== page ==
Ambassador De Ruyt works with Covington’s transatlantic government affairs team, which includes experienced lawyers as well as former senior policymakers.  The team advises clients on a range of European public affairs issues, including the EU policy-making processes, functioning of the European institutions, development of EU legislation and accession of new EU members.  Ambassador De Ruyt has particular expertise in the workings of the EU Council and EU institutions more broadly, transatlantic relations and United Nations development policy.

Ambassador De Ruyt was closely involved in Europe’s response to the financial crisis and the resulting legislation at the European level.  He was instrumental in the creation of the European diplomatic service and, as the Permanent Representative, facilitated the resolution of a variety of state aid and competition policy disputes for Belgian companies.

Ambassador De Ruyt was involved in the negotiation of the European Single Act and the Nice and Lisbon Treaties, in initiatives relating to the implementation of the Oslo agreements in the Middle East and in the rebuilding of peace in Central Africa.  He also participated in the stabilisation of former Yugoslavia and the development of NATO and European Defence.

Photo of Atli Stannard Atli Stannard

Atli Stannard is special counsel in the firm’s Public Policy practice. He guides clients in highly regulated industries through complex EU policymaking processes, protecting and advancing their core business and regulatory priorities.

Atli’s practice covers all aspects of EU policymaking and legislative advocacy…

Atli Stannard is special counsel in the firm’s Public Policy practice. He guides clients in highly regulated industries through complex EU policymaking processes, protecting and advancing their core business and regulatory priorities.

Atli’s practice covers all aspects of EU policymaking and legislative advocacy, including the regulation of the tech, food and beverage, pharmaceutical and medical devices, and industrial sectors, and on EU trade, environmental and ESG, and competition policy. He has handled matters before the European Commission, European Parliament, Council of the EU, and Member State and UK governments. Clients rely on him to identify regulatory risks and opportunities, and engage in the policy process to defend and promote their business interests.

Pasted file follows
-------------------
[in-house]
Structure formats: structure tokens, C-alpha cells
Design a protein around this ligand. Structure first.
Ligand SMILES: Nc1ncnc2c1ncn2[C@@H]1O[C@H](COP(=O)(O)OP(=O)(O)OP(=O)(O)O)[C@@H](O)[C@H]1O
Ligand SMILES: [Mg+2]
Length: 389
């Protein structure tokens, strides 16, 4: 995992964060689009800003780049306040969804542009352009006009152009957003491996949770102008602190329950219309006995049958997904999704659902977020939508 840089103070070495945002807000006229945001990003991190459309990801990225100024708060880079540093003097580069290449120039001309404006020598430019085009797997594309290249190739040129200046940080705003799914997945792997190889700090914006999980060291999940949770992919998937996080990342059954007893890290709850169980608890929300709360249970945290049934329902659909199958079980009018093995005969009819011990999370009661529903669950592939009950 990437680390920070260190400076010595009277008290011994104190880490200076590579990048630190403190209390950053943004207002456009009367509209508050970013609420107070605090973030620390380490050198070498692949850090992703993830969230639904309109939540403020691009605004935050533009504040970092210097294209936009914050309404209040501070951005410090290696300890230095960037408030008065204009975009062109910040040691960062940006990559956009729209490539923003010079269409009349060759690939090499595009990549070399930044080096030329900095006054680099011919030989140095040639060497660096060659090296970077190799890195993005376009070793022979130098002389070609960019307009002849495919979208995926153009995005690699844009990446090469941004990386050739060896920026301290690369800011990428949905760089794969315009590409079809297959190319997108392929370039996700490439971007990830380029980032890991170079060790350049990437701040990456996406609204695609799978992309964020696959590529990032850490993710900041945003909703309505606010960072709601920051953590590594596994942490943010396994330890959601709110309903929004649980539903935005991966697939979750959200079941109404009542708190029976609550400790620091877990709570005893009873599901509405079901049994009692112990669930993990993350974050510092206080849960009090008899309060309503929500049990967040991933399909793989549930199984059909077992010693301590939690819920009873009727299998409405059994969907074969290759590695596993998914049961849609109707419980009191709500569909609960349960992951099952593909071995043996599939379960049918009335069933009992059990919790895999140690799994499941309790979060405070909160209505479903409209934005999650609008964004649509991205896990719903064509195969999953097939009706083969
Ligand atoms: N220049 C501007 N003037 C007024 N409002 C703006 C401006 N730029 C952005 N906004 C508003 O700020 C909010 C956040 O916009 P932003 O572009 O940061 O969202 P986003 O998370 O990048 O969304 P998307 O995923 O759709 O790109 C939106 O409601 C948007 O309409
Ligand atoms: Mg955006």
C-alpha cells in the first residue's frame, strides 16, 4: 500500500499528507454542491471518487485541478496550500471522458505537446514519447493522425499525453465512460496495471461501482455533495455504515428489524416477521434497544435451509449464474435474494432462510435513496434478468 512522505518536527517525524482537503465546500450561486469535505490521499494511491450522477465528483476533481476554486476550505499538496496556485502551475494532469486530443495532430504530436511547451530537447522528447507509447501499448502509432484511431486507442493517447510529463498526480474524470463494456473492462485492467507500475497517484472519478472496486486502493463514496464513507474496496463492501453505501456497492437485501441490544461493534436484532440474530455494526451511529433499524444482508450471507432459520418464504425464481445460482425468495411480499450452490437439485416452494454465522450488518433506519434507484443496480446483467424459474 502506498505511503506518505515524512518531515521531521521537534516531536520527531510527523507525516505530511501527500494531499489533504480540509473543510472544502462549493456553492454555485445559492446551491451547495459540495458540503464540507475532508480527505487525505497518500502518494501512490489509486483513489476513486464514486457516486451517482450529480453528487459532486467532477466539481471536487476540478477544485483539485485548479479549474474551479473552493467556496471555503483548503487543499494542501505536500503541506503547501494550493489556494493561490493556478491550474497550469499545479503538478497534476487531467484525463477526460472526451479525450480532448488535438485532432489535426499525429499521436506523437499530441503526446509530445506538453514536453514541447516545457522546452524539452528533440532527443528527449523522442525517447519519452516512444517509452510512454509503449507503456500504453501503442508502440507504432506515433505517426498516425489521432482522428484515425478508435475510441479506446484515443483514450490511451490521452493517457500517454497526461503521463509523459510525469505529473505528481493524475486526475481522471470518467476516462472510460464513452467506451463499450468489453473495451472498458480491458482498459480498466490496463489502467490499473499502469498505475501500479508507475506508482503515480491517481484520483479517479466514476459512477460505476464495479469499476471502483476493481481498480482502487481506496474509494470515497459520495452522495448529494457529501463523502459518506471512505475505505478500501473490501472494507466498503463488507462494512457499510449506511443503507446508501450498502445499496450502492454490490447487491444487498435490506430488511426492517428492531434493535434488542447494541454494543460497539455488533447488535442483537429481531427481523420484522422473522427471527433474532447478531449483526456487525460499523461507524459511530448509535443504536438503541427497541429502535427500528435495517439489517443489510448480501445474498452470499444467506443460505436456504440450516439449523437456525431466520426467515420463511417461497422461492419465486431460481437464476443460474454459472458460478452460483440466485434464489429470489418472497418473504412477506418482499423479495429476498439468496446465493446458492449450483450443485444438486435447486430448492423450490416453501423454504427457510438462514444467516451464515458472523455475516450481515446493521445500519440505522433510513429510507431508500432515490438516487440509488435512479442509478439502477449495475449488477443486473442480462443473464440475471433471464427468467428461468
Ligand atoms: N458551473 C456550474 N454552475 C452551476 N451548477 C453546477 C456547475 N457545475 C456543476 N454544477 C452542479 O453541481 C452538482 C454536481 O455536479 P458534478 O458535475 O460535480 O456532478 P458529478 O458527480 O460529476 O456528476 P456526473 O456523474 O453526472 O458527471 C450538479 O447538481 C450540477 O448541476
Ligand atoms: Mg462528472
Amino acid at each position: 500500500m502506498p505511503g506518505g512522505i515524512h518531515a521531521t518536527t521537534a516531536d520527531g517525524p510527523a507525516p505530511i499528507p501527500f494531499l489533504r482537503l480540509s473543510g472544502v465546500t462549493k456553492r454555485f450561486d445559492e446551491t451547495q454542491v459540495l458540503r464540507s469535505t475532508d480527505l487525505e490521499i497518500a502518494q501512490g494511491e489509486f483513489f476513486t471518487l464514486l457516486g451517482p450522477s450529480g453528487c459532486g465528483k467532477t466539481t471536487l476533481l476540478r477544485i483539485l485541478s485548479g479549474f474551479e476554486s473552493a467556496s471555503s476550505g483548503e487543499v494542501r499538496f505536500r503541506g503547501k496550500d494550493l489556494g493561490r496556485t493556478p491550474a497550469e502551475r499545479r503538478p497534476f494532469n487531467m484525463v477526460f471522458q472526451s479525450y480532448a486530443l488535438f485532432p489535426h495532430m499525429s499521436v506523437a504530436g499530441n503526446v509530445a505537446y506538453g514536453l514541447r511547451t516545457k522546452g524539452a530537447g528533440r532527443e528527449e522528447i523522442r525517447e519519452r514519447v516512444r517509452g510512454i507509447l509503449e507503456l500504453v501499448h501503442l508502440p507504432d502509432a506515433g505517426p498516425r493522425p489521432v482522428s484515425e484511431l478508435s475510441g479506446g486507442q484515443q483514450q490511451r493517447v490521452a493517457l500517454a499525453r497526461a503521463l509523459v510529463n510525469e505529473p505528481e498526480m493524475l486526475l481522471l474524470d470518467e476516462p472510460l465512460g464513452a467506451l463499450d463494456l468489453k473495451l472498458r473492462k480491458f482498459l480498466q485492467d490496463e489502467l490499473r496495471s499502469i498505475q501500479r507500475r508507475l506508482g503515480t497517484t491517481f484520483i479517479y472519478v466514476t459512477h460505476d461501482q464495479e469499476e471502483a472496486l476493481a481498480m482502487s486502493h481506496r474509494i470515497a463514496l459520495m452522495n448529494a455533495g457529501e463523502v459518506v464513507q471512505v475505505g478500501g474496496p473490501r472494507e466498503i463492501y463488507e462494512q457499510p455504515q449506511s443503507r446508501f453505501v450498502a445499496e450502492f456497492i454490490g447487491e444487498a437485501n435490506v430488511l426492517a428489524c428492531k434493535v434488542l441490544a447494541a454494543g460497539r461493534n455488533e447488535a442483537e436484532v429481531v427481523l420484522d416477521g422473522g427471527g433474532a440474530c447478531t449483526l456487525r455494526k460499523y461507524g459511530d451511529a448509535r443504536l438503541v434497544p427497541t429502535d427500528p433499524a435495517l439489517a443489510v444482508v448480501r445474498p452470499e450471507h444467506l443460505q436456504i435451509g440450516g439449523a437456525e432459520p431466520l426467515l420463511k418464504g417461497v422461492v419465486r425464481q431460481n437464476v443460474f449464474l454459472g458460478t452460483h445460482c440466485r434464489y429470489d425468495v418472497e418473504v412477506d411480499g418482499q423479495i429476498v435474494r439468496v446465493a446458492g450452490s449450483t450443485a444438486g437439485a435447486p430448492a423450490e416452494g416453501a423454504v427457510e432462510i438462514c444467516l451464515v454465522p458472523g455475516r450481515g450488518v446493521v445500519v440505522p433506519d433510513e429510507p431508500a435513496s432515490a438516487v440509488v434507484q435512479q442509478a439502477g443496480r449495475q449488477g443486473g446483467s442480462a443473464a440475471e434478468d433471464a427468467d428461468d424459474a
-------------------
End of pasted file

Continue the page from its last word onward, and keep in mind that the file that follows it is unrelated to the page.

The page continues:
• Technology: Atli has worked extensively for clients on matters relating to EU data, content, platform, Artificial Intelligence, and competition policy.
  • Food and beverage: Atli helps clients developing novel plant-based foods to secure the necessary regulatory authorizations and engage in broader EU food policymaking. He regularly engages with EU and national authorities to ensure that health and environmental regulations are based in rigorous scientific evidence. He has drawn on his trade policy expertise to assist clients seeking to import food products into the EU.
  • Drug & medical devices: Atli has counseled clients and engaged with the EU institutions on matters relating to genomics, the regulation of medical devices and in vitro diagnostics, health technology assessment, orphan medicines, and pricing.
  • Industrial: Atli helps clients engage with EU and national bodies on the environmental benefits of their innovative technologies, and on EU plastics, chemical, and product regulation.

In his EU trade policy work, Atli regularly advises clients facing on EU market access and customs classification issues, trade defense actions (tariffs and safeguard measures), and non-tariff barriers (including sanitary and phytosanitary measures). He helps clients engage in the EU’s negotiation of new trade agreements. He counsels clients on the impact of the upcoming Carbon Border Adjustment Mechanism, and how to shape and comply with its requirements.

Atli is a member of the firm’s ESG and Business and Human Rights Practices, and works with clients to assess the impact of and engage with new and upcoming Environmental, Social and Governance rules, including the EU Green Deal, supply chain diligence and the EU’s developing sustainable finance rules.

Atli’s competition policy advocacy work encompasses mergers, challenges under Articles 101 (anticompetitive agreements) and 102 (abuse of dominance) TFEU, and referrals under Article 22 of the EU Merger Regulation.

Atli has counseled international investors extensively on the EU’s proposals for a regime on foreign subsidies, and on the EU’s new FDI screening rules and coordination mechanism, as well as on EU tax policymaking. He also works closely with litigation colleagues to protect clients’ legitimate interests in multiple venues.